Climbing over into the engine space, I asked Mr. Carl what he thought the oil basket was doing; listening intently to the working of the engine for several minutes, he said:"Oh! about 28 miles." Having told me previously that he hadn't the faintest idea what speed she would develop, I felt that, for a rough guess, this was going some. Catskill Landing went by, going upstream, at 9:36, and we rapidly overhauled a little, blue hunting cabin cruiser in the distance, which I knew to be my old friend, Tramp, bound home to Philadelphia, with Commodore (Mrs.) Clark at the helm. As we ripped by, I could distinctly see her say, "Why, the idea!" while her first mate, the Honorable Reuben, builder of the well-known Sparrow, dipped the ensign in salute. Not to be outdone, one of us, no names being necessary, climbed or rather clambered, out on the crowned spray-soaked after dec to return the courtesy; and while busily engaged, a sudden swing nearly precipitated the gentleman in question from the rear porch into the river, to the great amusement of the balance of the bathers. It would be well, perhaps, to state here that a heavy dew was falling and most of it fell in the compartment allotted to passengers, we came to the conclusion, after intercepting several significant glances between the builders, that we were due for something strenuous later in the day when we reached more open water.
We passed Germantown Landing at 9:45, Esopus at 10, and at 10:24 passed Rondout Light, which is just 45 knots from Albany, and which distance we had covered at the rate of 25.12 miles per hour. About 10:30 we passed the old time river steamer, Oswego, with a large number of barges in tow, slowly wending her way along; to us, apparently standing still.
At 10:49 Poughkeepsie Bridge hove in sight, and from the speed with which we approached it the bridge appeared to rise bodily up from the surface of the river, like a colossal Tower bridge over the Thames.
The bridge was directly overhead at 11 o'clock; the engine was slowed down and we came up to the wharf at Poughkeepsie with as little fuss as a small power tender, and with a great deal less noise; the engine being so thoroughly muffled that the exhaust is hardly perceptible. As Poughkeepsie is 59 knots from Albany, and our time was 2h. 40m., our average speed for the distance was 25.58 miles per hour.
The pilot, who had entirely forgotten about getting off at Hudson, left us there; and after a bite to eat, we got underway at 11:40. When we stopped at Poughkeepsie we discovered that the weather was uncomfortably hot. Coming down the river we felt quite cool, but as soon as we reached the wharf we noticed what little breeze there was blowing was red-hot.
At Newburgh, which we passed at 12:16, we met the big new river steamer Hendrick Hudson, just slowing up to make a landing; she was chockfull of sightseers bound up the river, and they gave us a great cheer; Henry contributing three lusty grunts.
We passed the Highlands at 12:30, and just above West Point ran by the power boat Bison, ex-Hard Boiled Egg, and Arcadia, which, though capable of good speed, appeared to be anchored. West Point Light was abeam at 12:39, and just above Iona Island, which we reached at 12:55, we witnessed a most unusual sight, considering the locality. As we swept around the point, with a "snap-the-whip" effect, we cut under the stern of a large two-masted schooner loaded to the gunwale with ladies and children. Where the expedition started and where it was bound, I do not know; but it certainly was a proud day for Marie, of Stonington, Conn., and the old hooker looked very much hurt when her fair crew, to a man, deserted their stations and flew to the rail for a look and a cheer. Even the old barnacle at the helm vouchsafed us a critical glance.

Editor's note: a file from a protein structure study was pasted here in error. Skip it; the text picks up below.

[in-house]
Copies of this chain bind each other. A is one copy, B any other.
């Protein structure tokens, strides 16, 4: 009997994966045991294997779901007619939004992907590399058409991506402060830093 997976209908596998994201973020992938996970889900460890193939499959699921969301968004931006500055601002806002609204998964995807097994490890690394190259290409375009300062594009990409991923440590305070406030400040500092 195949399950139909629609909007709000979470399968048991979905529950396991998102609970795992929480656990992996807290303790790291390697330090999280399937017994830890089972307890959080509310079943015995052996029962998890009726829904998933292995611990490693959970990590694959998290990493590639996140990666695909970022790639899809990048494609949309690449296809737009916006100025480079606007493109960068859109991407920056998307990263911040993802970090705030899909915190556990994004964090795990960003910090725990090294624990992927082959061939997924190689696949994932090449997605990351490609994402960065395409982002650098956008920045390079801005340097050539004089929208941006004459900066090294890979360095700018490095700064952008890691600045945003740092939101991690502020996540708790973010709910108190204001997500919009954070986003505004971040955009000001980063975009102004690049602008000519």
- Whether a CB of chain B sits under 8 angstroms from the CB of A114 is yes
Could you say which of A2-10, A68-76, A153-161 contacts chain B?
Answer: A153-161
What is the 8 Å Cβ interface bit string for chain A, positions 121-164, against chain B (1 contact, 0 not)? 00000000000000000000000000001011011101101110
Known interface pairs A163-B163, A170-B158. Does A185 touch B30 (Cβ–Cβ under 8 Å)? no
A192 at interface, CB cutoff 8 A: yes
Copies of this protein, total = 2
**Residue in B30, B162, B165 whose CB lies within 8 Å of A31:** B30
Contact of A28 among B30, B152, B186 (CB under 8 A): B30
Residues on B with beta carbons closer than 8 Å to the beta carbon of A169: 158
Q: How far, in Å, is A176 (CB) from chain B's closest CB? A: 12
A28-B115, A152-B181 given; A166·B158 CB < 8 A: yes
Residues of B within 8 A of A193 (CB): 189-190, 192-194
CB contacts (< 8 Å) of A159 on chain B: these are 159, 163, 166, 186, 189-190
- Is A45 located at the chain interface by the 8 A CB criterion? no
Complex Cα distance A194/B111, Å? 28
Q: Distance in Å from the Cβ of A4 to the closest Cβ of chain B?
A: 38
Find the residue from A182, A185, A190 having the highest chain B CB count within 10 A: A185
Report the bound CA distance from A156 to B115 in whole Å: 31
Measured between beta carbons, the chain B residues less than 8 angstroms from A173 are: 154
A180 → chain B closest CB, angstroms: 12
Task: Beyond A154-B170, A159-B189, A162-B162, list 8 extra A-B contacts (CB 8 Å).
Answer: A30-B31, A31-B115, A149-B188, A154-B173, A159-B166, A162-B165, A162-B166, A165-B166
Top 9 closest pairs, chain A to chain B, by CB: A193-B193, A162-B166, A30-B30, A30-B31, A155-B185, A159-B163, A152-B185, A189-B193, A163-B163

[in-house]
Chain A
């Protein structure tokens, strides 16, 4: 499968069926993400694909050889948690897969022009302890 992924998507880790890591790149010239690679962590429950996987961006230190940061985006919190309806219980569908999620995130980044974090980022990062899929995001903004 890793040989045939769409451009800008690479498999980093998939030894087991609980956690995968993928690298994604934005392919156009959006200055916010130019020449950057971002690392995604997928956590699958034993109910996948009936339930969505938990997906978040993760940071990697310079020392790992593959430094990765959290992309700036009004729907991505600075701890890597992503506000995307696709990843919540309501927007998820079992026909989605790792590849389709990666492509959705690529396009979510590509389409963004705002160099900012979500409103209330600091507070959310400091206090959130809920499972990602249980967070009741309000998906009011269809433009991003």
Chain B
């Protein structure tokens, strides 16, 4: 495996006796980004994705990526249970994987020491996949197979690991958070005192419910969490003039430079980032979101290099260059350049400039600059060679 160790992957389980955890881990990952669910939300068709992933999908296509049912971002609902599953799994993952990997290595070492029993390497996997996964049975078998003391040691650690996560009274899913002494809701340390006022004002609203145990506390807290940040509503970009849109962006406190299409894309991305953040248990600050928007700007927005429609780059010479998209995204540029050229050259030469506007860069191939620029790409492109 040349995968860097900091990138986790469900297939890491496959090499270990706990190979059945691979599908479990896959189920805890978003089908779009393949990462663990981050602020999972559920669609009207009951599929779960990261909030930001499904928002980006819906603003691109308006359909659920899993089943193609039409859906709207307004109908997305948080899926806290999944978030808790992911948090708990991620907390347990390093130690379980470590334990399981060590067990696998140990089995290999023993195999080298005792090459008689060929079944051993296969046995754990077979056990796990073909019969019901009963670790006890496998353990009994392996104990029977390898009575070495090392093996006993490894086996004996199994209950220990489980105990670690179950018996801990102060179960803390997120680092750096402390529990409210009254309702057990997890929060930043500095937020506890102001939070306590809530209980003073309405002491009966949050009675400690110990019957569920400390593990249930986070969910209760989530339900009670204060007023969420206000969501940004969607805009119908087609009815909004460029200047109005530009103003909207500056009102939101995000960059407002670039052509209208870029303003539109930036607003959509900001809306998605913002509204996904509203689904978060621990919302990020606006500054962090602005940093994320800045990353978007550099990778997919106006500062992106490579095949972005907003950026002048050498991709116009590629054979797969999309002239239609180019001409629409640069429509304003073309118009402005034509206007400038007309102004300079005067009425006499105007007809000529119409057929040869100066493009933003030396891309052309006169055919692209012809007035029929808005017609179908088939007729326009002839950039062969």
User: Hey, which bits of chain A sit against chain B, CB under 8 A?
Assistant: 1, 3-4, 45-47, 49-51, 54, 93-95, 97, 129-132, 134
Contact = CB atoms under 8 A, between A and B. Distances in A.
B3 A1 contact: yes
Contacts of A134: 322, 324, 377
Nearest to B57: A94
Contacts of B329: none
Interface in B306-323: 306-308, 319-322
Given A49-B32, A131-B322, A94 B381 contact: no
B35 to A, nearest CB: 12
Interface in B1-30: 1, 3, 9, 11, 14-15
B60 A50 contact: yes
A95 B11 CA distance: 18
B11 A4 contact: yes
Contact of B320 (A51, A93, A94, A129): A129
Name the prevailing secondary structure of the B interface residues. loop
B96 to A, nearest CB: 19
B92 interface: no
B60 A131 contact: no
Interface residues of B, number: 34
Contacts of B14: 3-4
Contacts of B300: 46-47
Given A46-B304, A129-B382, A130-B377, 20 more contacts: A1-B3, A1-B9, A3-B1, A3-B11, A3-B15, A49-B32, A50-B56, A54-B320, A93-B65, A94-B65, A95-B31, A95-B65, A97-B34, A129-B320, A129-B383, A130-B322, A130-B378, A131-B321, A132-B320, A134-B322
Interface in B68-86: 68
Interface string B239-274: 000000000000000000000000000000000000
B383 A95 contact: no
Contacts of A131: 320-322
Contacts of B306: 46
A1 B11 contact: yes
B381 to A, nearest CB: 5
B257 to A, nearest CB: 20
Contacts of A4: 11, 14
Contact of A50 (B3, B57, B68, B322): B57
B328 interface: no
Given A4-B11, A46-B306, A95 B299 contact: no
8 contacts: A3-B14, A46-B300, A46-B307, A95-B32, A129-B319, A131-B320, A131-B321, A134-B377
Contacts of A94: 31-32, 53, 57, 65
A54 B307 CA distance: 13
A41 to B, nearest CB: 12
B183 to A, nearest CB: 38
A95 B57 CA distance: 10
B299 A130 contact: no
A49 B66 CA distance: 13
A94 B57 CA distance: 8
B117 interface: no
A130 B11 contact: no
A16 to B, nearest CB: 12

At Peekskill, which we reached at exactly 1 o'clock, we encountered a strong head-tide, which we bucked the balance of the trip. We here passed the old slide-beam steamer, Norwich, with a large village in tow, the population of which gazed at us with stolid indifference, but no doubt our presence started all the shellbacks off on tales of terrific speed trials in which they had participated.
Stony Point Light was abeam at 1:09, and Rockland Lake lighthouse, opposite Ossining, which has a decided list, at 1:27. At 1:39 we passed Tarrytown Light, and at 2 P.M. were abreast of Yonkers,--and here it happened. A little insignificant brass pipe, whose sole function is to convey plain water, busted off just as we were about to make a grand-stand finish past the town of New York. As the pipe fell off and a fine miniature Niagara poured down the writer's neck, Mr. Carl Riotte at once shut down the engine and hastily crawled into its interior. Brother Eugene, who was steering, turned quickly around and made one fatal mistake of an otherwise perfect day. Said he: "What's the matter, Carl?" Brother Carl, by main strength, hauled himself from the bilge, poked his head between the engine and the coaming of the engine compartment, and, in his short, sharp and crisp manner, delivered himself thus: "_______ ______ _____ ____ ______," etc.
Having thus explained to the entire satisfaction of all concerned the cause of the day, he quickly made repairs and at 2:10 we were under way again, and the manner in which we ate up the distance between Yonkers and New York was a caution. If she was flying before, she was going like a bullet now, and I became convinced that we hadn't been half-opened up, for in less than thirty minutes we passed the steamboat pier at 129th Street, New York City, and to make sure we took the time at Grant's Tomb, some distance below the pier. Comparing watches, we found the time to be 2:40, three timers agreeing, making 6h. 20m. our total time from Albany to New York, including the 40-minute stop at Poughkeepsie, and out actual running time 5h. 40m. The total distance, according to best information obtainable, is 140 miles, which works out at a speed of about 25 miles an hour for over 51/2 hours of almost continuous running.
Standard was brought down to New York for the purpose of competing in the mile championship race, consequently no attempt was made to push her to the limit; but the trip was a fast one, nevertheless, and the record will probably stand for some time.
(Transcribed from The Rudder, December 1906, pp. 735-736. )
[Thanks to Greg Calkins for help in preparing this page. — LF]